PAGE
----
Skye Wallace
  •  Our favourite singer, who isn’t from Orillia, but plays here often enough in about ten years some might think of her as an Orillian, Skye Wallace, has a new tune, Everything Is Fine, out this week. Listen to it here, you can watch it too. Everything she’s been putting out lately I like and you can catch those tunes at the same link.
  • Ayden Miller’s band, New Friends have been in California recording and just released a video of one of their new tunes,Right Here. I suspect with the bunch of songs they’ve made lately they’re going to be pretty hot this summer.
  • Pro and amateur musicians can do the Effects of Instrumental Music Practice on the Well-being, Mental Health and Social Support of Student, Amateur and Professional Musicians in Canada survey the Canadian Band Association and the Council of Ministers of Education have initiated. They want to find out how people have been affected according to age and skill level with practicing their art during the pandemic.
  • The feds have a grant program called Commemorating the National Day for Truth and Reconciliation (September 30) which will provide up to $10,000 for cultural activities. See the webpage outlining who qualifies to apply and what kinds of projects (commemorate National Day for Truth and Reconciliation, honour children and families of residents who did not come home, etc.). A shortlist of project examples includes ceremonies, creating murals, workshops, speaker’s series and other cultural and artistic activities. The application deadline is April 11.
  • Zachary Lucky’s new album, Songs For Hard Times – vinyl LPs have arrived and you can go to his Bandcamp page to order it, or a CD or digital download – and listen to the album.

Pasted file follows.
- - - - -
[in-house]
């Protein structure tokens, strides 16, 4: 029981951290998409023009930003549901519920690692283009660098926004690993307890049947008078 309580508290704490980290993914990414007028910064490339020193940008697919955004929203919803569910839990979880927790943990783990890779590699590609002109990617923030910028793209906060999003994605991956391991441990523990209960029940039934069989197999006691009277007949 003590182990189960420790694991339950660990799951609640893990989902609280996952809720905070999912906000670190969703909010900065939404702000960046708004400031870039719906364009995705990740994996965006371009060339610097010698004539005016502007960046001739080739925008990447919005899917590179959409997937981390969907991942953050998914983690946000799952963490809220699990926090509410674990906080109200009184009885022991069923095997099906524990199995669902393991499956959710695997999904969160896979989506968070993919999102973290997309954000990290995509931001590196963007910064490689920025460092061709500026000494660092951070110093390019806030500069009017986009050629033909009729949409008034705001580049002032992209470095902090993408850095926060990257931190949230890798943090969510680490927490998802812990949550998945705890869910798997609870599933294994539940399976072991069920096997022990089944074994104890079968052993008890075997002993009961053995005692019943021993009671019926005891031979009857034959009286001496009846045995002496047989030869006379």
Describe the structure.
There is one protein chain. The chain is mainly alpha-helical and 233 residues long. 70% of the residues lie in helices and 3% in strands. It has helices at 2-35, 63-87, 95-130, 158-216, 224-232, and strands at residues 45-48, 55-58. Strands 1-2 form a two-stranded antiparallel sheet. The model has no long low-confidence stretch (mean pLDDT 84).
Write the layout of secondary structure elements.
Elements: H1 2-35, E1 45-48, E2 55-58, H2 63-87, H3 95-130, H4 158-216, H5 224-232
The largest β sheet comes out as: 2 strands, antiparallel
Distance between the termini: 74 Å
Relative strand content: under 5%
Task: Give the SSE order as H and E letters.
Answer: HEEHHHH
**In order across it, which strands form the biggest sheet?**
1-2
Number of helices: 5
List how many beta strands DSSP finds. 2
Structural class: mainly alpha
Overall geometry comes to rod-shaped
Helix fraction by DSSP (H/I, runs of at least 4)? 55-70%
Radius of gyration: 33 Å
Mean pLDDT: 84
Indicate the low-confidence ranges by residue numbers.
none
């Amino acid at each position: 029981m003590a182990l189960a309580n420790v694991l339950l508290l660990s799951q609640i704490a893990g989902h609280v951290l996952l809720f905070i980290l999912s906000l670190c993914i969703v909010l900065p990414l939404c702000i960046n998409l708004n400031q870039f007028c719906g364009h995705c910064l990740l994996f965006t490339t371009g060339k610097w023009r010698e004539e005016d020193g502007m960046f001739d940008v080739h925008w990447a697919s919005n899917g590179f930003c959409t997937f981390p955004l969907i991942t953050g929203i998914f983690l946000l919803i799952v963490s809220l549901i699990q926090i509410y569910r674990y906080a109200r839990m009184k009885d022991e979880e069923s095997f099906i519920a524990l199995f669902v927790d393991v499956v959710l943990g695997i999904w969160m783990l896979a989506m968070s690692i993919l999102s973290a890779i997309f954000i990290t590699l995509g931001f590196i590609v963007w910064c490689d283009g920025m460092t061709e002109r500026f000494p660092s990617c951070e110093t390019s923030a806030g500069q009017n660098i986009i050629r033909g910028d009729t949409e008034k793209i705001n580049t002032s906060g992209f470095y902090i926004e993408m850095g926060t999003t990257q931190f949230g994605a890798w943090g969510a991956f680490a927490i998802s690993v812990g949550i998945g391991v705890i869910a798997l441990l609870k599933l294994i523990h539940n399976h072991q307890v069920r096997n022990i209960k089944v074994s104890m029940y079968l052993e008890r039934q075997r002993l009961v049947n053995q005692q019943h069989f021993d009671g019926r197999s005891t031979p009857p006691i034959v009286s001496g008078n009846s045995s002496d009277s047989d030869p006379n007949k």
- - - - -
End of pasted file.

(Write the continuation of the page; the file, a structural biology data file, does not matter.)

• The City of Orillia is expanding its recreation programs and is accepting proposals for new learning activities. If you have a skill in art, music or other culturally related area you should consider passing on your knowledge. You find a proposal form online.  
  • Mike Hill has a new book out. The Lost Prime Ministers is about the ones we don’t often talk about; Abbott, Thompson, Bowell, and Tupper. You can get a copy at Manticore Books.
  • Liz Anderson is in a band called Sean Cotton and The Acoustic Soul Ensemble and they have a show called Acoustic Floyd happening April 2 at the Canvas Brewing Company in Huntsville. Get tickets online.
  • The Straight Goods (Matt James, Nate Robertson, Peter Sanderson and Steve Parkes) are playing a benefit called Music for Cats 2 at the Moose Lodge May 7. Ronnie Douglas is a special guest for this fundraiser for the Comfie Cat Shelter and tickets are $15 which you can get at Plum Loco.
  • Glen Robertson has a new tune, Are You Woke Yet? on his Soundcloud channel. Just let the playlist run, the next tunes in the cue are very good.
  • OMAH has a 35 piece quilt show called Colour With a U and From Marbles to Minecraft: A Century of Childhood which contrasts childhood in Orillia between the 1920s and the 2020s. Douglas Ahsen:Nase’s excellent exhibit of portraiture is still up, so go see it. In case you are wondering, the annual International Women’s Day Art Show is happening this year, but in April.
  • The Opera House has a great schedule of concerts happening and tickets for summer theater are on sale. See all of it here.
  • Creative Nomad Studios has a number of programs to take part in. Check them out here.
  •  The Kensington has an open mic night hosted by Tim Kehoe on Tuesdays from 8 to 11 p.m.
  • Steven Henry does an online concert Saturday’s at 8 p.m.

(Photos by Swartz – SUNonline/Orillia and Images Supplied) Main: The Hogtown Brass play at the Opera House this Sunday.

Rants & Raves

Support Independent Journalism